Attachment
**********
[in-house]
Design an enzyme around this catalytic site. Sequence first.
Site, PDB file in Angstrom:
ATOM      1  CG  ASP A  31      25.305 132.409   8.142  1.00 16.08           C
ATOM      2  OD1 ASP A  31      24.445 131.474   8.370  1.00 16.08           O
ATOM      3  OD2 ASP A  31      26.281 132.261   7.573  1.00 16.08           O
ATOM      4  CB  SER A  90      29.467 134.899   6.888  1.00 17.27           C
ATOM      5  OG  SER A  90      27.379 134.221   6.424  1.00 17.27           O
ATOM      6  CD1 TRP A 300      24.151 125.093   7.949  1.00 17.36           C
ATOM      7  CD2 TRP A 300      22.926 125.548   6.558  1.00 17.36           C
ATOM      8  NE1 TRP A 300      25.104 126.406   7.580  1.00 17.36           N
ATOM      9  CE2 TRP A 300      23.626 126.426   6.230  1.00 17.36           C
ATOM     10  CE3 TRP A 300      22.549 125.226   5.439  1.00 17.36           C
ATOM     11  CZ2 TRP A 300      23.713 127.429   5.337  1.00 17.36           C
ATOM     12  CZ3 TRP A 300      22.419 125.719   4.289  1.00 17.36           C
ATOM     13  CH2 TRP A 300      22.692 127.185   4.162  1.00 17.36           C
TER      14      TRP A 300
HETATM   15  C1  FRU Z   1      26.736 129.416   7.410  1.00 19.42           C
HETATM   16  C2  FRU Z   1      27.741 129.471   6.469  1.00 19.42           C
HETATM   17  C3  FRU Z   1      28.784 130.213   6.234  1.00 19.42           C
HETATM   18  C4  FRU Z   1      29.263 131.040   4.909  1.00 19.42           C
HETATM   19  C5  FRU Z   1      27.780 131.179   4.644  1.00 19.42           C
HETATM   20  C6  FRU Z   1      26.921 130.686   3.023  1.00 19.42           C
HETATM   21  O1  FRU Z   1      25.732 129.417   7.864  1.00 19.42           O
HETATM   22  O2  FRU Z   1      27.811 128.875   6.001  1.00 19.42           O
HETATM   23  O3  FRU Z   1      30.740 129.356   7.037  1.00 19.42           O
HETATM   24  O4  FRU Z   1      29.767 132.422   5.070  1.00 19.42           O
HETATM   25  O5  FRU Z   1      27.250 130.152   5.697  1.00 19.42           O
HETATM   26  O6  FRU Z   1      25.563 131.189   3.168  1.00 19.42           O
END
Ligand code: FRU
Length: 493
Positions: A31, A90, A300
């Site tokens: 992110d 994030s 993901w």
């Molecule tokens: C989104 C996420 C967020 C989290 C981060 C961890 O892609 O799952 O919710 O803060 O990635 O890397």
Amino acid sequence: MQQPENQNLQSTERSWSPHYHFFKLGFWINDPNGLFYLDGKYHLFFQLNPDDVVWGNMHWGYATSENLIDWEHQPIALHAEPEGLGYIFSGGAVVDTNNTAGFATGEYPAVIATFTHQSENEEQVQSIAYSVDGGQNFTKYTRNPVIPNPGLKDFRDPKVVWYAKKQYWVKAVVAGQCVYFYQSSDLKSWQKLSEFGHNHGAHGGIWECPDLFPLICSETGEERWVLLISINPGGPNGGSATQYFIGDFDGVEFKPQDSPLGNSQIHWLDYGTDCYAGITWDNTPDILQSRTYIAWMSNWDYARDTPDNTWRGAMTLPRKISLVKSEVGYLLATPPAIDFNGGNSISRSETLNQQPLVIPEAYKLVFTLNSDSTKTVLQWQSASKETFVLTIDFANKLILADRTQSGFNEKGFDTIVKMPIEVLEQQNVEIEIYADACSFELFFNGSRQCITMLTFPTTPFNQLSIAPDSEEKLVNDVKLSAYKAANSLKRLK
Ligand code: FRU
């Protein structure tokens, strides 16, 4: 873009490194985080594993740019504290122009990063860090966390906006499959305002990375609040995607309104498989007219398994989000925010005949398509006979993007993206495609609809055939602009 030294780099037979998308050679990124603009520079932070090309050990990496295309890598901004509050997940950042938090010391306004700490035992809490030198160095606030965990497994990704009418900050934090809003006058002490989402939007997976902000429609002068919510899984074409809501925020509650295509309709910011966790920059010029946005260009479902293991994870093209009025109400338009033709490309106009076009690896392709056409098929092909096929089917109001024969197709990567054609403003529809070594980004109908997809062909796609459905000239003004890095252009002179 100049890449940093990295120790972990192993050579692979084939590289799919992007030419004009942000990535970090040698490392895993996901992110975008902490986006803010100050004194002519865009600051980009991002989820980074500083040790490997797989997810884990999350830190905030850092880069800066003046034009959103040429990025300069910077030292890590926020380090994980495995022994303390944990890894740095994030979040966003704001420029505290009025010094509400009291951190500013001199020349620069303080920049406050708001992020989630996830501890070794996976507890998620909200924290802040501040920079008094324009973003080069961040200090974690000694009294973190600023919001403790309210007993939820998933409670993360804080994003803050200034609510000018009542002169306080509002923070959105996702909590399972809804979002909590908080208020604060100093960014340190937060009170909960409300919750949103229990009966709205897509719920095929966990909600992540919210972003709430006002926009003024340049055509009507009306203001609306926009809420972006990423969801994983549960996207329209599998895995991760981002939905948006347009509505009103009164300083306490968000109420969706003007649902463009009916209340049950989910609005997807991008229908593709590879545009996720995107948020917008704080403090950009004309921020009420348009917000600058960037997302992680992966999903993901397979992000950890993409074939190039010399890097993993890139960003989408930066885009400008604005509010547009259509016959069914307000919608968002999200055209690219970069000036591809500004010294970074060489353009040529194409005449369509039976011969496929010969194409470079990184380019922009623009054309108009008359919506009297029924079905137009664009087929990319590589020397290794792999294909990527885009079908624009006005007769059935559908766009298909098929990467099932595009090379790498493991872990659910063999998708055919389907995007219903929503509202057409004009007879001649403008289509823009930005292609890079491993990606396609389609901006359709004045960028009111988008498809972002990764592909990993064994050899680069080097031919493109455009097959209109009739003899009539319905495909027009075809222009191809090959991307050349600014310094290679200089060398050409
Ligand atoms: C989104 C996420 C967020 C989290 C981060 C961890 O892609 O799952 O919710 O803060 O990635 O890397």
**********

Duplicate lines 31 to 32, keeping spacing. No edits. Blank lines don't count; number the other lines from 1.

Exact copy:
Ligand code: FRU
Length: 493